stock in tha Home Loan bank.
Medical Men to
Gather Tonight,
Saturday Night
The Polk-Yamhill-Marion Med
ical society will hold two meet
ings this week, one tonirht and
the other Saturday night, accord
ing to vr. w. W. Baum, secretary
Tonight at 6:10 o'clock tha med
ical men will aether in the Mi
sonic temple banquet room to hear
Dr. Martin Howard of Portland
discuss a technical subiect.
The Saturday meeting, at the
same hour and place, will be a
special one called for the purpose
of hearing Dr. W. W. Newman of
San Francisco, noted practitioner.
speaa on "Heart Disease".
FOUR FIRES OCCUR
Cltr firemen mivrMl fnnr
calls for minor biases over the
weekend. Sunday morning a short
Circuit caused a minor hlax a
930 Tamarack street and that eve
ning a cnlmney fire waa extin
guished at the C. O Robrtnn
residence. 442 North H!b ttrut
A gasoline blase at th Mini
eoniectionery on Court street was
q a 1 o k 1 y smothered yesterday
morning and a fire In an automo
bile parked at the rear of tha Sen
ator hotel waa put out before fire
men arrived.
BABY BUGGY FOUND
Cltr notice vesterdav warn imI
I In the Identification of the ner
son who lost an expensive baby
buggy on tha Pacific highway
three miles north Sunday. Tha
buggy was picked up and brought
to police neadquarters.
Hurry Last Day
THE
DUIGJ DOIW1
SCAfWM
7
OMAiACUKOrA
Y end Request Picture j
Ed. Wynn in 'FOLLOW THE LEADER'
3 DATS STARTING TOMORROW
ZAK2 DBTS COGtETlHG RODEO
of THE COULD2R DAM AKD-GHAC.
ejf
t Leg Is
'Advertised
nrr.innuA crrr. raw 11,
SAWl Soma woman vha lost her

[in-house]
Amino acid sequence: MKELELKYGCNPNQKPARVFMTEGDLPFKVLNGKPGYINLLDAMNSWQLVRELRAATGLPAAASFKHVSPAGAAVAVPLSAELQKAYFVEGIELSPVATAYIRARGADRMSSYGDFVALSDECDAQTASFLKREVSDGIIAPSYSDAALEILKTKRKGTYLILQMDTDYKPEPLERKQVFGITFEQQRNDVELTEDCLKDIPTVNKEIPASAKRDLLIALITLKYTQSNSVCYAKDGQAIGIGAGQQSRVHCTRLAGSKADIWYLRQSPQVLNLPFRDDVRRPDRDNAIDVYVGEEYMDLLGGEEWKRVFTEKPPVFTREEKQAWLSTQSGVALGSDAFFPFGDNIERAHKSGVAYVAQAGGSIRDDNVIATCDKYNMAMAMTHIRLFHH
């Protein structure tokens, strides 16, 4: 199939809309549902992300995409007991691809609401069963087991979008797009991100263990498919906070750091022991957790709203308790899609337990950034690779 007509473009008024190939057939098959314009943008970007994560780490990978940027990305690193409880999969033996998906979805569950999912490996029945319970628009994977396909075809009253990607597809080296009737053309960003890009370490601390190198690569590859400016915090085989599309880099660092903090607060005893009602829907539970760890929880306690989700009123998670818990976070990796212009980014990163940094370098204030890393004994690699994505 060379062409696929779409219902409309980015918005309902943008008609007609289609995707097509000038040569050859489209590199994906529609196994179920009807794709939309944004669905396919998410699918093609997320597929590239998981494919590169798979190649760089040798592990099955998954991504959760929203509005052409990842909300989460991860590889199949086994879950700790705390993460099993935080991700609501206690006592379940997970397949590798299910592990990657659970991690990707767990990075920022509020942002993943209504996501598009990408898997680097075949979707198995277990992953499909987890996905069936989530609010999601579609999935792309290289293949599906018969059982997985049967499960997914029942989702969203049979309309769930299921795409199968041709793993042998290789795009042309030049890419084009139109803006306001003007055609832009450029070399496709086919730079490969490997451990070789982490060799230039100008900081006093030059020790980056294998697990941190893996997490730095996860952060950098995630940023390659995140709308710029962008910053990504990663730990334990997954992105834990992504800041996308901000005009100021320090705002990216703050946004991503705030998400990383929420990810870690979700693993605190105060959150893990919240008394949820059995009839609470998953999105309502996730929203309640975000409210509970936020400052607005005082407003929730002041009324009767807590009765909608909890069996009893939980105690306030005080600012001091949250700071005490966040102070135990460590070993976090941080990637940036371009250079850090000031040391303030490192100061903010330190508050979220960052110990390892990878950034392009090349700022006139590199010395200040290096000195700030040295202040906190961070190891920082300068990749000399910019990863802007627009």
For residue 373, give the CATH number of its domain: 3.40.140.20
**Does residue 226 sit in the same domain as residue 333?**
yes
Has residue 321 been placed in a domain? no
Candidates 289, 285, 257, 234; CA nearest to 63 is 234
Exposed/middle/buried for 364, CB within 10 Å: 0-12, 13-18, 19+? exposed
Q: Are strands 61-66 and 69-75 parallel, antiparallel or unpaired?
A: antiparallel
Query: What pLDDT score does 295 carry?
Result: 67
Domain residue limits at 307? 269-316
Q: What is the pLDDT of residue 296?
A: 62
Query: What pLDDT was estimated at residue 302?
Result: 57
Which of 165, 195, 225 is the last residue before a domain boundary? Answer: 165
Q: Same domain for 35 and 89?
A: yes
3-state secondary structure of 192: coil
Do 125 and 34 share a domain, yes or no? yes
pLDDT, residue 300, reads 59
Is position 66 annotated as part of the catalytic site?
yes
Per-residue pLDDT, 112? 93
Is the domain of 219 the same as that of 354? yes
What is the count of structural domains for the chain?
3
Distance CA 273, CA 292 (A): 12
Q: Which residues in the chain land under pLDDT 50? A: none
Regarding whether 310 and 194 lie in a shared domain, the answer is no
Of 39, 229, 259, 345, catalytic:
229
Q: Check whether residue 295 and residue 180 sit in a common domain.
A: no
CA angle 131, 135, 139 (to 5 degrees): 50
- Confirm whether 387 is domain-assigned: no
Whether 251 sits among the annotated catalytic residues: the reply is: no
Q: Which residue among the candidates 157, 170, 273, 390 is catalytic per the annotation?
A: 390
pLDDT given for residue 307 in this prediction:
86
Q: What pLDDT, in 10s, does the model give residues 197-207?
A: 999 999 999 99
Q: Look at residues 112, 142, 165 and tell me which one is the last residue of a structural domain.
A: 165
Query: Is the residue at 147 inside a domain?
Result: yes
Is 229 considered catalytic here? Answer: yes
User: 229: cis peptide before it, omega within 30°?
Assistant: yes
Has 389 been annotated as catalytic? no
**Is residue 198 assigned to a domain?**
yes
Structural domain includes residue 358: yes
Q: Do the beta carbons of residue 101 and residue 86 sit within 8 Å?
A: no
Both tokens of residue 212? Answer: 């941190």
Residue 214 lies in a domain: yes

rtrfet las- raeantlr eaa recover It
by applylag at tha police gtetloa
here. Tha artificial leg waa among
articles recovered by tha atolaa
goods 'bureau.
SAN FRANCISCO. Feb. It.
(AP) Alarm clocks which resi
dents couldn't toss out tha win
dow harraased aleepera this mora
lag. Fighting planes participating
In tha Joint army and nary man
euvers roared over tha city awak
ening residents at assorted hours.
LEBANON. Mo.. Feb. 11.
(AP) When Jasper Berry em
erged after digging himself out
ot the county Jail ha found no one
la sight except the sheriff, the
prosecuting attorney and two dep
uties. So Berry went back to JalL
SALT LAKE CITY, Feb. 11.
(AP) Streets being what they
are, with snow and lea making
fast driving perilous, It was pretty
convenient when fire laddies at
one station had a conflagration
delivered right at their doorstep
today. A short circuit set fire to
a street car filled with students
on their way to school. The stu
dents had no more than piled out
when the firemen were on tha Job
with extinguishers. The car had
stopped directly In front of tha
fire station.
BELLEAIR. Fla.. Feb. 13.
(AP) Babe Ruth qualified to
day with a card of 4 0-4 S 11. la
the Belleair amateur golf cham
pionship and figured ha had land
ed in an easy enough match play
field to have a chance of winning
the tournament.
Garret A. Hobart of Areola,
N. J., won tha medal with a
round of 19-11 77.
Ruth found himself In sixth
place In tha medal scoring. He
three-putted the first two greens.
took a fire on two short holes
and two sevens. Aside from these
mishaps, he played well. On the
10th hole he dropped a 3 8 -footer
for a birdie three.
When Ruth missed a shot, his
only remark was:
"Imagine that!"
Babe's strong point, as usual.
was his terrific tee shots. Ruth
meets W. R. Harper ot Philadel
phia, In the first round of match
play.
Police Benefit
Dance to Have
Two Orchestras
Dancing to suit the varied
tastes of the rhythm lovers of Sa
lem and vicinity will be offered at
Crystal Gardens starting at 9
o'clock tomorrow night, by the
Salem police department, which la
staging the affair la benefit to
Its short wave radio fund. Lively.
orehestraa have been obtained to
play both modern and old-time
music and entertaining Intermis
sion acts are promised.
Chief Frank Mlnto plans to put
a police radio transmitter In op
eration as soon as funds are la
sight to pay for tha Installation.